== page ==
During this time of uncertainty in our community, it’s good to hear stories of hope and positivity. Here’s a story that does just that. 99-year-old Maude Burke recently recovered from COVID-19 just in time for her 100th birthday. The African American woman in Albany, Georgia received a celebratory sendoff, as nurses and staff from the Phoebe Putney Health System applauded her accomplishment. Ms. Burke was in the hospital for 17 days.
“We continue to celebrate with our #COVID-19 patients when they get well enough to go home from our hospitals,” Phoebe Putney posted on the hospital’s Facebook page along with a video of Burke’s sendoff. “This celebration was extra special. Maude Burke is…is the oldest COVID-19 patient we’ve been able to discharge. Her strength and determination are amazing, and we wish her well as she continues to recover. Thank you for being an inspiration, Ms. Maude!”
The JBS Beef plant in Cactus, Texas, is seeing an outbreak in coronavirus cases, reporting 114 new infections among its staff. The Department of State Health Services (DSHS) is investigating the spread of the illness and making best practice recommendations for the business to remain open.
As outbreaks in meat processing plants continue to grow across the country, so do concerns about the food supply chain. Currently, at least 10% of pork production in the U.S. has been shut down. Federal officials report that the food supply overall is fine, however the closings of plants could cause interruptions in getting certain foods to market. As the pandemic rages on, workers and unions are sounding the alarm about safety in production lines, made up mostly of minority and immigrant workers.
California Representative Maxine Waters said Thursday that her sister is dying of coronavirus in a hospital in St Louis, Missouri. Yesterday morning, Massachusetts Senator Elizabeth Warren shared in a post on Twitter that her brother passed away from the illness.
In an effort spearheaded by Illinois Representative Bobby Rush, House Democrats are calling on the Environmental Protection Authority (EPA) to ensure that minority and low-income communities have equal access to clean air protections amid the coronavirus pandemic. In a letter to the EPA, Rush and 83 lawmakers referenced a recent Harvard University study that concluded that those living in areas with high air pollution are at greater risk of dying from coronavirus. Democrats also highlighted the easing of almost 100 environmental regulations that have been rolled back since Trump took office. The EPA rejected the claims, saying the letter depends on “false conclusions drawn by the Harvard study.”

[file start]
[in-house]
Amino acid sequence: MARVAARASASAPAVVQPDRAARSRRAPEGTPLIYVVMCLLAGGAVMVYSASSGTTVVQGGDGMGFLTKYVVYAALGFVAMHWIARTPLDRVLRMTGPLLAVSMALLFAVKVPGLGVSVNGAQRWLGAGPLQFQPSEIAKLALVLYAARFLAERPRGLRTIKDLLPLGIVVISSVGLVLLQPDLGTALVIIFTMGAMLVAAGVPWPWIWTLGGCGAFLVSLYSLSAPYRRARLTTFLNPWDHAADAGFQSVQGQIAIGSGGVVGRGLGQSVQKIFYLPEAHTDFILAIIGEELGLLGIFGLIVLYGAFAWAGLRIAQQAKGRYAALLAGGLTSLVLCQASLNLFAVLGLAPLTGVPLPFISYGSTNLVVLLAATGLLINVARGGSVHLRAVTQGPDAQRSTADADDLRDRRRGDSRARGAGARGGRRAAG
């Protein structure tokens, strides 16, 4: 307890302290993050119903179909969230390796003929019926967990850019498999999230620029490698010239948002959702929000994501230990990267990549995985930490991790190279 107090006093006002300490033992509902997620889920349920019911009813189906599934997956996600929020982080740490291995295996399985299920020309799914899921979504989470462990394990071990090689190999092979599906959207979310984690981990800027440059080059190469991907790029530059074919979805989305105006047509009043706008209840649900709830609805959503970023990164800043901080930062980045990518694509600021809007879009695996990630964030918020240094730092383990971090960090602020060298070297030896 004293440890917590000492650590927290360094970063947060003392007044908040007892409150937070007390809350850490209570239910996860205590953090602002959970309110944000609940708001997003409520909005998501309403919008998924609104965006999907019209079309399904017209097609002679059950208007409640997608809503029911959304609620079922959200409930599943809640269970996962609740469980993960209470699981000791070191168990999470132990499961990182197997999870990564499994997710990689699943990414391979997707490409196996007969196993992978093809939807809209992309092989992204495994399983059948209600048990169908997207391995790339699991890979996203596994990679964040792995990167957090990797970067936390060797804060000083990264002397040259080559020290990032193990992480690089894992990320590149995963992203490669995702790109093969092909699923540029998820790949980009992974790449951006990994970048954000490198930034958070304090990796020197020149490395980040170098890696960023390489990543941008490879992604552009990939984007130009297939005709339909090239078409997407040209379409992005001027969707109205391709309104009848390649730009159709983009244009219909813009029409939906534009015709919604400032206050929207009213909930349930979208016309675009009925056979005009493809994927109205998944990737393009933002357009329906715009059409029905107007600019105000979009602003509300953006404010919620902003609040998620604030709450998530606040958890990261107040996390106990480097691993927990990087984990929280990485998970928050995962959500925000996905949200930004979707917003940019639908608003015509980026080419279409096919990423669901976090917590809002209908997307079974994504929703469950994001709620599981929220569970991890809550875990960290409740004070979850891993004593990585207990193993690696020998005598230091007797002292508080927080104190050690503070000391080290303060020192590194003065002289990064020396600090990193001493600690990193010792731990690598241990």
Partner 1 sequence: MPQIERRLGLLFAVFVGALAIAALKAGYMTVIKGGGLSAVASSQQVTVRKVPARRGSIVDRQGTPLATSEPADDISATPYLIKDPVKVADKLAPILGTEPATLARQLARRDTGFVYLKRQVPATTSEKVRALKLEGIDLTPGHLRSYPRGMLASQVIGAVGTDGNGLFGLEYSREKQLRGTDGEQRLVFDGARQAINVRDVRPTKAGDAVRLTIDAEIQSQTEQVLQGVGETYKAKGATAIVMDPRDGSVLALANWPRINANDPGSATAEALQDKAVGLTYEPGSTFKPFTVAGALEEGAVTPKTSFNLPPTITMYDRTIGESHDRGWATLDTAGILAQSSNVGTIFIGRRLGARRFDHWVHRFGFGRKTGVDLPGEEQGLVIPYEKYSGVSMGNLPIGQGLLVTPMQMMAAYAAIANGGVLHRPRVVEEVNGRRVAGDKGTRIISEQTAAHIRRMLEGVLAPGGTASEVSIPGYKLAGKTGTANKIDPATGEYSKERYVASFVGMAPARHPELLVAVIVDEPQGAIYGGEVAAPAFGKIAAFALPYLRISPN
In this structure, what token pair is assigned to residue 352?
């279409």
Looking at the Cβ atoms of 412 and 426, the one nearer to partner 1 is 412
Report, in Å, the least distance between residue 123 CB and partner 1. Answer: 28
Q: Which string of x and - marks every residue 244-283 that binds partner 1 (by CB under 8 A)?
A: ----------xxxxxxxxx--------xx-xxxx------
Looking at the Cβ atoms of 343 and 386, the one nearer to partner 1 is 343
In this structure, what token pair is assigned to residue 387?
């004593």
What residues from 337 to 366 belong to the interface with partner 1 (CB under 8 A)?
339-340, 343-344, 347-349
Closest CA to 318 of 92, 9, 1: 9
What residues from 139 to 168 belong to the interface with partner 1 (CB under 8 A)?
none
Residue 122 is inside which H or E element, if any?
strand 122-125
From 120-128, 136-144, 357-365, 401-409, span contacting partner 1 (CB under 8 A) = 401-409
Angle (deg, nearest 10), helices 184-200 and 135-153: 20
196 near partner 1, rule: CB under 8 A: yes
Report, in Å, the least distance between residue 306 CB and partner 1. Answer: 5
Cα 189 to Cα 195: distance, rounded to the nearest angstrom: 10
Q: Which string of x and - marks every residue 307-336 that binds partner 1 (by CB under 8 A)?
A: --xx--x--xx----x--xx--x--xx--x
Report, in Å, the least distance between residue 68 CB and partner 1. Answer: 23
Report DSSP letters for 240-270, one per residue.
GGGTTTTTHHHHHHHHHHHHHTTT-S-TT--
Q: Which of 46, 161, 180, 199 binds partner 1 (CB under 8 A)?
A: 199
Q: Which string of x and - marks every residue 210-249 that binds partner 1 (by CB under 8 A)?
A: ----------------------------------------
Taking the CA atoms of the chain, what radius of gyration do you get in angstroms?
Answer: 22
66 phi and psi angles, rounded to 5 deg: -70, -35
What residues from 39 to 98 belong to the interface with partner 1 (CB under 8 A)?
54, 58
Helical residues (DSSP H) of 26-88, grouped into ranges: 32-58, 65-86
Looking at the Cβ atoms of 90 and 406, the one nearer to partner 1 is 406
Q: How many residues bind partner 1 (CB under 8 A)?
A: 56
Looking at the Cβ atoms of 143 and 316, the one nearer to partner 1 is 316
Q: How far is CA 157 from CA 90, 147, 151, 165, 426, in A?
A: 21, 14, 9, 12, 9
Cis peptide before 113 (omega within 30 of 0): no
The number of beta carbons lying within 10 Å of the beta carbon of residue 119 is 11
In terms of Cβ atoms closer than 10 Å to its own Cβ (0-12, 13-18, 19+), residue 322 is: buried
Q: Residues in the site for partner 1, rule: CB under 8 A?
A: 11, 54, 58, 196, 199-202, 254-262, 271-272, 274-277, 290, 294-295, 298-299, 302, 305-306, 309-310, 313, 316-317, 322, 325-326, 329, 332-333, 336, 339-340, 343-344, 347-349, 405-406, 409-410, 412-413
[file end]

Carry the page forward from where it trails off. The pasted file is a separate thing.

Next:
Dr. Rick Bright, who led efforts to find a vaccine to treat coronavirus, has been demoted. The former director of the Biomedical Advanced Research and Development Authority (BARDA), says he was place into a lower position because he disagreed with the administration’s efforts to allocate billions of dollars into a potentially dangerous drug treatment for coronavirus. He added, “I am speaking out because to combat this deadly virus, science — not politics or cronyism — has to lead the way.” He also announced he will file a whistleblower complaint with the Department of Health and Human Services.
BUSINESS AND ECONOMY
Las Vegas Mayor Carolyn Goodman is facing backlash after an interview with CNN’s Anderson Cooper. [https://youtu.be/APoSHB9pQk8] Goodman is calling for the city’s businesses, including casinos and hotels, to reopen while refusing to provide any social distancing guidelines. Those guidelines on how to reopen safely, she said, are up to individual businesses and are not the mayor’s job.
Walmart and Nextdoor neighborhood social network are partnering to keep households stocked with essential items while limiting shopping trips and exposure to the coronavirus. The “Neighbors Helping Neighbors” program allows members of the Nextdoor to request or offer help getting groceries and essential items on their network and have them delivered with no contact.